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Album Reviews

The War On Drugs – Slave Ambient

Written for The Stool Pigeon, link here

album cover

Sometimes, there’s nothing left to do in life but dust down the old rock‘n’roll tropes and make hay while the going’s still relatively good. It’s a truism Slave Ambient clutches dear to its heart, but far from being a stream of uncanny rehashes (although the twin influences of Tom Petty and The Boss admittedly loom large), TWOD bring a believably raw quality and unique layering of styles to album number two, infusing country rock with droning electronic aspects. Laced with a harsh Philly twang that adds to the salty, emotional quality of his lyrics, Granduciel tells tales and channels neuroses we can all relate to (“I’m a drifter — wahoo!”), oozing a peculiar antihero charm all the way.

Compositions filled with whirling synths, hearty guitar riffs and pounding kick drum beats bring atmospheric qualities to tracks such as opener ‘Best Night’, whilst ‘Come To The City’ is oddly reminiscent of ‘80s power pop, awash with waves of ambience. The rollercoaster ride that is ‘Baby Missiles’ could really be sung by The Boss — think tight jeans, sweat and swooning from the audience — whilst the instrumental outro for ‘Original Slave’ is so enthralling it literally makes you want to throw your guitar in the back of the Chevy and drive into the sunset.

Slave Ambient mightn’t quite be the record to provoke grown men into hulking embraces — perhaps a subdued pat on the back or a high five instead — but that’s not to say it falls short. Too smart to succumb to the double-denim naffness of the hoary rock brigade, it encapsulates the mentality of ‘don’t let the man get you down’, calling out to the inbetweeners without being over-emotional or throwing triumphant fist pumps. A good, hearty slice of Americana, in short.

Dananananakroyd – There Is A Way

Originally written for The Stool Pigeon, this article can be found in its original format here.

Dananananakroyd is certainly not a generic name for a band but it is a rather silly one. Yes, that’s right, silly. Once you’ve got past counting all the ‘ananans’ with your fingers (all who can pronounce their name correctly have done this. Don’t lie) you can’t help but wonder — are they much more than a bunch of lads jacked up on fizzy drinks bouncing off the walls under a questionable moniker?

The hot-headed Glaswegians had what can best be described as moderate success on their EP and debut full album Hey Everyone!, with ‘potential’ being the buzzword among the few ‘zines that did pay attention. Where to file them was a whole other issue — indie rock’? Garage punk? ‘Fight Pop’? Anyway, they spent their hiatus in LA recording their second full studio album under the supervision of a certain Ross Robinson, a guy whose CV boasts The Cure, Klaxons, The Deftones and — bit of guilty nostalgia for mid-twentysomethings here — Korn. Come on now, if you weren’t at Reading setting fire to tents whilst wearing a Korn tour hoody, what WERE you doing at 14?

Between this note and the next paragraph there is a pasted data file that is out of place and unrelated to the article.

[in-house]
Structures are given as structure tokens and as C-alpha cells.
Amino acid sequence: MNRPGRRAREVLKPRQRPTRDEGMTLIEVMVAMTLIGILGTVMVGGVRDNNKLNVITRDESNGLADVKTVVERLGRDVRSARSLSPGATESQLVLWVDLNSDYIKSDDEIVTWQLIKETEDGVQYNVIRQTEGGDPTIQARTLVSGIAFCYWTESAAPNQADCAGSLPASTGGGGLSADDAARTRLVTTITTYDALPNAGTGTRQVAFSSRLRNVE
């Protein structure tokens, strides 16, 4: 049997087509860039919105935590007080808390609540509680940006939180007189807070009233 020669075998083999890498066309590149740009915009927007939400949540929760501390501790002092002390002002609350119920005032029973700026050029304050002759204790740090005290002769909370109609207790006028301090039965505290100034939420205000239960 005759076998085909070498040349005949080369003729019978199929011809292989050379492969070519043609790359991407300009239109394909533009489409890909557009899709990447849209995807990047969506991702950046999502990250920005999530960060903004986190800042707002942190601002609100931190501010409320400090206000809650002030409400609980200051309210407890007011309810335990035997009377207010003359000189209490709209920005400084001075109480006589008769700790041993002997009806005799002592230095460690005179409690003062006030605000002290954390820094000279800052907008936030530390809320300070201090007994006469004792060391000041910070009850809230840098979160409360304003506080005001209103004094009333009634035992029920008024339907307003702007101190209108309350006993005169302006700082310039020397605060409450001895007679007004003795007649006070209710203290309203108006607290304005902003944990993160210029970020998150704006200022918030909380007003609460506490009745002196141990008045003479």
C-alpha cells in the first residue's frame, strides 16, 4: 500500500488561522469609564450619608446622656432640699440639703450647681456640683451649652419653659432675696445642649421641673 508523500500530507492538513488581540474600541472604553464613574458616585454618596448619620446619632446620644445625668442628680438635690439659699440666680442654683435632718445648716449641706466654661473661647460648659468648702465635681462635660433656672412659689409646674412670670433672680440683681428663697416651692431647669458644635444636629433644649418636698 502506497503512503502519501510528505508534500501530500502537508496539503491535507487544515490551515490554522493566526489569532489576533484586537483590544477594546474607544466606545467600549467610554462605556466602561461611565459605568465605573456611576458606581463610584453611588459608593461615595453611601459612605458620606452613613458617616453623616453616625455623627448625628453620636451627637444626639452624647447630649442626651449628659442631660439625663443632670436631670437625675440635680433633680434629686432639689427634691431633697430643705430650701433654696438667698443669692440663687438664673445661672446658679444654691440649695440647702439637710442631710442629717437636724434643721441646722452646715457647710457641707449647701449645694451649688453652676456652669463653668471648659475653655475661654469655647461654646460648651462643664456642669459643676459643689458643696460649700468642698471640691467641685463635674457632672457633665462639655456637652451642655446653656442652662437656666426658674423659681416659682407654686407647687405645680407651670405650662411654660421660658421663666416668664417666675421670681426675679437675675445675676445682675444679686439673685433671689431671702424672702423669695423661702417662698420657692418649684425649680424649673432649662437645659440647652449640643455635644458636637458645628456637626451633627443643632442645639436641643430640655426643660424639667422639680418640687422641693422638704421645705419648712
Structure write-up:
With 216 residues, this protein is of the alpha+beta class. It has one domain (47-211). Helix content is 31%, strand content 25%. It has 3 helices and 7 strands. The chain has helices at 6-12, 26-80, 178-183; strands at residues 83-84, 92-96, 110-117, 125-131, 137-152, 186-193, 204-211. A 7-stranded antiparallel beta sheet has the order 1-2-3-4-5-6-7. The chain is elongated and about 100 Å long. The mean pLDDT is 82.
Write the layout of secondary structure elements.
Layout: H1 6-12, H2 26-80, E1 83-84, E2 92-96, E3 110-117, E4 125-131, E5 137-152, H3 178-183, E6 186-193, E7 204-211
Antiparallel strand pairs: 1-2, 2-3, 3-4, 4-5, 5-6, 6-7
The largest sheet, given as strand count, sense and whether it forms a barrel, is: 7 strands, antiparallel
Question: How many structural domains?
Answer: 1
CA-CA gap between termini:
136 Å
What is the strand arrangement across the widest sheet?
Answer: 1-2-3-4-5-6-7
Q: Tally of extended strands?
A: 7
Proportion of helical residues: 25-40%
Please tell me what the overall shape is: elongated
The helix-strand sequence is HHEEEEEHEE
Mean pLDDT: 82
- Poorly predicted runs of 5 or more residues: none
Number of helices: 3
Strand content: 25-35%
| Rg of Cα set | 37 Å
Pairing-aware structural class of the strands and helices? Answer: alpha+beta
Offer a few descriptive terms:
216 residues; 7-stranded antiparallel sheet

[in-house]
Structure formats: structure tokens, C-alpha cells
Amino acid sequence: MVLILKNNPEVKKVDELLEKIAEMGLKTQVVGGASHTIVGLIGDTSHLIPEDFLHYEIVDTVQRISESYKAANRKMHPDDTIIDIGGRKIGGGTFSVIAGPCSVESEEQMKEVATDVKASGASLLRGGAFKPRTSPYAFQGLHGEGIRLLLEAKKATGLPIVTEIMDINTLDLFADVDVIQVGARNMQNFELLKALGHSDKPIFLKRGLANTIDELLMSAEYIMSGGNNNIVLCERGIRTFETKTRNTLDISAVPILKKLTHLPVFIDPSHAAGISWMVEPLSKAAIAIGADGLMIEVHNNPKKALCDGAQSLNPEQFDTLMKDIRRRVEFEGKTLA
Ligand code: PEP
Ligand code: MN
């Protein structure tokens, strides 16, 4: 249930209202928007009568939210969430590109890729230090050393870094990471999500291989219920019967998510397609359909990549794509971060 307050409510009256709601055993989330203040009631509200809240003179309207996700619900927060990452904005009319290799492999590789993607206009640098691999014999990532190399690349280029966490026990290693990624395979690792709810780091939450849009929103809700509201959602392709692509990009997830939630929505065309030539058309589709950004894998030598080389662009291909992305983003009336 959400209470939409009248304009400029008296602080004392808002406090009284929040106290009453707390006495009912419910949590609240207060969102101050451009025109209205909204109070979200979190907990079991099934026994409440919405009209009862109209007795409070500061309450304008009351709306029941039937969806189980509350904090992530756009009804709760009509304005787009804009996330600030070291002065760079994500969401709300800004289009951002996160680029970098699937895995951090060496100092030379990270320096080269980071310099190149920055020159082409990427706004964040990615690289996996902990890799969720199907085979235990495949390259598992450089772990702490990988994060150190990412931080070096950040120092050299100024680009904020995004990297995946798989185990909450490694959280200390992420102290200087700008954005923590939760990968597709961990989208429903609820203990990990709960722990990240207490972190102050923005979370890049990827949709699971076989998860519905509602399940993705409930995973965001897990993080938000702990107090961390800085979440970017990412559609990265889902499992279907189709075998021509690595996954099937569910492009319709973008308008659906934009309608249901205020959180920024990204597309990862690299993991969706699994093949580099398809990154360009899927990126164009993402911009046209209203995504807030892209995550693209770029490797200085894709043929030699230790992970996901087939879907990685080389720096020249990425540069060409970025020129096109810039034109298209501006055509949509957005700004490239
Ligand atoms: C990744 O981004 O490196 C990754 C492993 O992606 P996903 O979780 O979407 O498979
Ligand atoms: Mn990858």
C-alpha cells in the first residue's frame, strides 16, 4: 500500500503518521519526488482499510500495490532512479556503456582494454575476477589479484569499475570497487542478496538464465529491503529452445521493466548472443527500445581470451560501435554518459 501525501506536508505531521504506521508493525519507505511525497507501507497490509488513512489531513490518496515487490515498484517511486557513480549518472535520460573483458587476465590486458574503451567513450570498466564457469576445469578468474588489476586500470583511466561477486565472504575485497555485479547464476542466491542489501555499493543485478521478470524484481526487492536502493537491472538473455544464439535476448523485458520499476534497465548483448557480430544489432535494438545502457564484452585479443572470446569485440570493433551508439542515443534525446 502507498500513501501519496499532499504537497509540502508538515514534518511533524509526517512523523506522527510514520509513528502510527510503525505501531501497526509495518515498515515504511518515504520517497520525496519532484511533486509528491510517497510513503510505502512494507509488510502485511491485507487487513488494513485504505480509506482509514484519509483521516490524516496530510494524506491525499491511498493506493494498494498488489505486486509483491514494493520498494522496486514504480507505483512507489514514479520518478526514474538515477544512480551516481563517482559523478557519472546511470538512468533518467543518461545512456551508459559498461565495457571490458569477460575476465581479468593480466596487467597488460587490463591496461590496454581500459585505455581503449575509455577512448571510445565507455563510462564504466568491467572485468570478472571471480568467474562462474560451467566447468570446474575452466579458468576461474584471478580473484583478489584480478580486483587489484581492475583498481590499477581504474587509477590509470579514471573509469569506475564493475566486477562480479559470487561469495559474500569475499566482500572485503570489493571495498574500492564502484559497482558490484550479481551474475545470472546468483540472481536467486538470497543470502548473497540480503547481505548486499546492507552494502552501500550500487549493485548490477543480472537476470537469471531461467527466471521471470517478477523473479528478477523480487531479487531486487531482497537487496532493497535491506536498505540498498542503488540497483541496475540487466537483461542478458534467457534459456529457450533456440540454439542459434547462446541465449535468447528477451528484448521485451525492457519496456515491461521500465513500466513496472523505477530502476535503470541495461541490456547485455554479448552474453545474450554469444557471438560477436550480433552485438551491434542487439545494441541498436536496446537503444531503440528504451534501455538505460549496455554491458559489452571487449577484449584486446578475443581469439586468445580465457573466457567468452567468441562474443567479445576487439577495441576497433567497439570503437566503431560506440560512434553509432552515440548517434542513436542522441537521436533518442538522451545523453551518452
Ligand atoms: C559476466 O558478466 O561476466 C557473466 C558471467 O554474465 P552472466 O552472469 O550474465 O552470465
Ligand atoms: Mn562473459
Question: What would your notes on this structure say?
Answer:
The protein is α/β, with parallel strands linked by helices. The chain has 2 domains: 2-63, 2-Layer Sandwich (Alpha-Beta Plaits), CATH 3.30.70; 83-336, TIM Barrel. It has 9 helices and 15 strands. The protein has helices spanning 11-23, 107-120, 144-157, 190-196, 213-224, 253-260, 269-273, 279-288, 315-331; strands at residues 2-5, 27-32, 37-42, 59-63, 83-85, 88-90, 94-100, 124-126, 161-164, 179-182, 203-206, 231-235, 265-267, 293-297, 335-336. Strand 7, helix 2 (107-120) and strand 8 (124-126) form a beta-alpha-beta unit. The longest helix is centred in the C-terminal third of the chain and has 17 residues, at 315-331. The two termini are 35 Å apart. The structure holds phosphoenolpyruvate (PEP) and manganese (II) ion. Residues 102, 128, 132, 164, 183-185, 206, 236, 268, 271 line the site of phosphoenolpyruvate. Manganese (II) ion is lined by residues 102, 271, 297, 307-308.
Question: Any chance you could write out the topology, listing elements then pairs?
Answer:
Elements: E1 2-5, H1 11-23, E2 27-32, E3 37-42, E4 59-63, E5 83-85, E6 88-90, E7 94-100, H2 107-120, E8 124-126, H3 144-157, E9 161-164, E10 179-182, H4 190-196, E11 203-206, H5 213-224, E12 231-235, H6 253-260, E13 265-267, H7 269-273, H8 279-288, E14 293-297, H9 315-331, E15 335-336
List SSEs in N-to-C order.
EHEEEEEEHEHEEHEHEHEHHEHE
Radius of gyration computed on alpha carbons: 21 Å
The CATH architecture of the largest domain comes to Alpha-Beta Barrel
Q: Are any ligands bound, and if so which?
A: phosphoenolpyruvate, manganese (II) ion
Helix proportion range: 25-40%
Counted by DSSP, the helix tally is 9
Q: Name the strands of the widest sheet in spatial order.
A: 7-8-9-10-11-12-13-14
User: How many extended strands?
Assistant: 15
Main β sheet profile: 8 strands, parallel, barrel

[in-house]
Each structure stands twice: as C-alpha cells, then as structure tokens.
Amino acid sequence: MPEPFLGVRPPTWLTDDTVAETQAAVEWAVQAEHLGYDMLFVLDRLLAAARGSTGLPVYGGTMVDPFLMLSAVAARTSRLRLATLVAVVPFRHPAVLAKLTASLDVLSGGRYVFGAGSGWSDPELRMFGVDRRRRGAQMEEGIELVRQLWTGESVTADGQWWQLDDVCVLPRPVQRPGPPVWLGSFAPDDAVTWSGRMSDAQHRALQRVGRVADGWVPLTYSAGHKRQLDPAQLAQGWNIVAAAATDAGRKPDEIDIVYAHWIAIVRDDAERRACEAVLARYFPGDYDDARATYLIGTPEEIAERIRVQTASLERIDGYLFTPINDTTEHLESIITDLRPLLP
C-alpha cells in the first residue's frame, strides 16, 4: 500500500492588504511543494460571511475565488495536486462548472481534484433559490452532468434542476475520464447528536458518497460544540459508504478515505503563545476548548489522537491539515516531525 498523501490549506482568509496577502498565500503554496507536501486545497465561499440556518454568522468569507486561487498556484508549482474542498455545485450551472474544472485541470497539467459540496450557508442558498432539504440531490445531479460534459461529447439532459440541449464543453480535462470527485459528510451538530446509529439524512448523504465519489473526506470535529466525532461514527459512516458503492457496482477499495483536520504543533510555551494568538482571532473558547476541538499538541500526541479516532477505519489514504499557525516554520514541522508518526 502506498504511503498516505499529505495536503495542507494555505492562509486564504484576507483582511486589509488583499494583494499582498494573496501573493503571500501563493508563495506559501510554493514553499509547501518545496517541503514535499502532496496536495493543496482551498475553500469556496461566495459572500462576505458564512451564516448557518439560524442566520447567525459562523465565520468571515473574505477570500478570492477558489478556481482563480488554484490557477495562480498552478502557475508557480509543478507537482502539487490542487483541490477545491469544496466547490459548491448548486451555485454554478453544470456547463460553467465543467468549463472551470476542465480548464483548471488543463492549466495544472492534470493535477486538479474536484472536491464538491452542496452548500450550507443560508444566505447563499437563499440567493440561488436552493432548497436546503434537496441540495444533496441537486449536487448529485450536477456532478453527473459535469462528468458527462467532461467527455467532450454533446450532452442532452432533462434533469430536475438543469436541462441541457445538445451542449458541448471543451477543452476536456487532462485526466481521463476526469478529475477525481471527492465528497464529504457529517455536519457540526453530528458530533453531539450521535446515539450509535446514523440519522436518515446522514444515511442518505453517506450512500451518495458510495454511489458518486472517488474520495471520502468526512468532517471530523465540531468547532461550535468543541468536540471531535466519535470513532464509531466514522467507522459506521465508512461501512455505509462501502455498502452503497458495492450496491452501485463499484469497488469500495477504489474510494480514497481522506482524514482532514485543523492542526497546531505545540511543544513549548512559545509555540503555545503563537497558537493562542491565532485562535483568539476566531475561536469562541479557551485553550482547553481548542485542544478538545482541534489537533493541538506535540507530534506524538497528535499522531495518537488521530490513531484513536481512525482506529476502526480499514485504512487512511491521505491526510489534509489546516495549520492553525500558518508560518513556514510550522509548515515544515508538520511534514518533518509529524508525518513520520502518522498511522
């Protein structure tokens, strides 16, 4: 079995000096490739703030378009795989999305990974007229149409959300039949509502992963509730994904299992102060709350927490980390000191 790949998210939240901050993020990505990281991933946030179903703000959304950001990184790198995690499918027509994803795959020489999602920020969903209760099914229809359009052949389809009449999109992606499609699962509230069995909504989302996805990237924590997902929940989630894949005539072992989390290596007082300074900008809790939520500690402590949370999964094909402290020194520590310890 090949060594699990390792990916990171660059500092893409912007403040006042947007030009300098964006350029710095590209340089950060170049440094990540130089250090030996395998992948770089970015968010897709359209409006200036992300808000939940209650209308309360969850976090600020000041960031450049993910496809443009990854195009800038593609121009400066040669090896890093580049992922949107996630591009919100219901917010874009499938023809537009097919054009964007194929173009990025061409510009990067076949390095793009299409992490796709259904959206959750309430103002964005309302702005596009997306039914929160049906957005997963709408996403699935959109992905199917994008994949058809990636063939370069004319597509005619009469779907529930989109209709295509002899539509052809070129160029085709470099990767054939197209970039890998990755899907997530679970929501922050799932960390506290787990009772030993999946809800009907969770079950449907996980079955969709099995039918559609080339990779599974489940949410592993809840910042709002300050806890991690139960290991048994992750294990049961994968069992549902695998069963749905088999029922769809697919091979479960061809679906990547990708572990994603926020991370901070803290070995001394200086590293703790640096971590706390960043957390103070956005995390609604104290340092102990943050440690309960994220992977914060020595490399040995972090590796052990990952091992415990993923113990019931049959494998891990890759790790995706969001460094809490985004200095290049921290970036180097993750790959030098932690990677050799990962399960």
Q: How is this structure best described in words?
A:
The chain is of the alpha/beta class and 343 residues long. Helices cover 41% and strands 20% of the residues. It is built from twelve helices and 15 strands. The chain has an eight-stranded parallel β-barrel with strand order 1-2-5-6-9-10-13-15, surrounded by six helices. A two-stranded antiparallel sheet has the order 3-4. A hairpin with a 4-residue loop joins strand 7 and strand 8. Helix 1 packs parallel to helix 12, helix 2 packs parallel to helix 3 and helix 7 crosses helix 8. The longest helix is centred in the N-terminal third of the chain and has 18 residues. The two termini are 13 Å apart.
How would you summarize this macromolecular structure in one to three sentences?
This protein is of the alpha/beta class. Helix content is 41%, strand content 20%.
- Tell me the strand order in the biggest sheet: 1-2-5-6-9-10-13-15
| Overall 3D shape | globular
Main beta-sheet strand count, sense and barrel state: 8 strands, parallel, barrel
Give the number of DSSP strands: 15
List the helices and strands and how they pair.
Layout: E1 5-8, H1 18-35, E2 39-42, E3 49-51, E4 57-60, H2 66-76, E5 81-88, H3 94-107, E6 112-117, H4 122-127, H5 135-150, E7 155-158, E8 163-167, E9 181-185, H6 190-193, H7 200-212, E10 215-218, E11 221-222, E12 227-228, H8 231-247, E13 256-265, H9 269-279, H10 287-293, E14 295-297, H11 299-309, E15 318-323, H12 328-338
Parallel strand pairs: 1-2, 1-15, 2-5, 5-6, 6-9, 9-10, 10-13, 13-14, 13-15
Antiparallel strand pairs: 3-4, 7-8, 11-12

With There Is A Way ‘Aykroyd and Robinson have certainly cranked things up a notch since the debut. Whilst the thick Scottish tongue broadens as they double up on vocals, the album meanders between thronging guitar riffs and aggressive vocals on tracks like ‘E Numbers’ and opener ‘Reboot’, and more mainstream-appeasing hooks and indie-pop qualities on tracks like ‘Apostrophe’. Meanwhile, ‘Think and Feel’ is a catchy affair with its clap-along rhythm, and hooks and background mumblings reminiscent of The Rapture’s ‘House of Jealous Lovers’. As the album goes on, though, the continual layering of sounds gets a bit tiring, and some tracks just sound like a continuation of each other.

It’s hardly thought-provoking or all that memorable, but then again, so what? When they perform this live, their unfathomable energy will most likely see to it the record’s charms prove every bit as elastic as that cretinous name of theirs.

Kurt Vile- Smoke Ring For My Halo

(Written for this blog only)

I put a big tick on my wish list when a very lovely someone sent me the Kurt Vile album having read my post about the  lunchtime Rough Trade ‘mini’ gig. I am a habitual skipper when it comes to new albums- I tend to go about them 2 or 3 tracks at a time, however with this one, I listened to it right through in one go.

There’s something about his warm, easy going voice, thick with philly twang that adds to a certain warmth and likeable- loser charm about him. There are certain throwbacks to the likes of Tom Petty and Springsteen in the riffs and in the autobiographical lyrics that (presumably) draw upon said feelings of small town ennui (Ghost Town), ‘sticking it’ (Puppet To The Man), and battling neuroses about an object of affection (‘Peeping Tomboy’). Raw qualities in the composition punctuate the laid back vocals; audible fret scrapes in ‘Smoke Ring for My Halo’ make my stomach flip, whilst some of the heartier riffs like in ‘Puppet to The Man’ hammer home the point as he sneers at expectations of submission to societal norms, i.e. the 9-5, heads down existence.

I grew up in a small town and of course there is nothing new about saying how incredibly boring it can be, especially if you’re a shy in-betweener and not particularly great at anything. Whilst its not the type of album that would provoke triumphant fist pumps or compel working class men to hug each other, it still oozes anti hero charm. I could listen to it all day.

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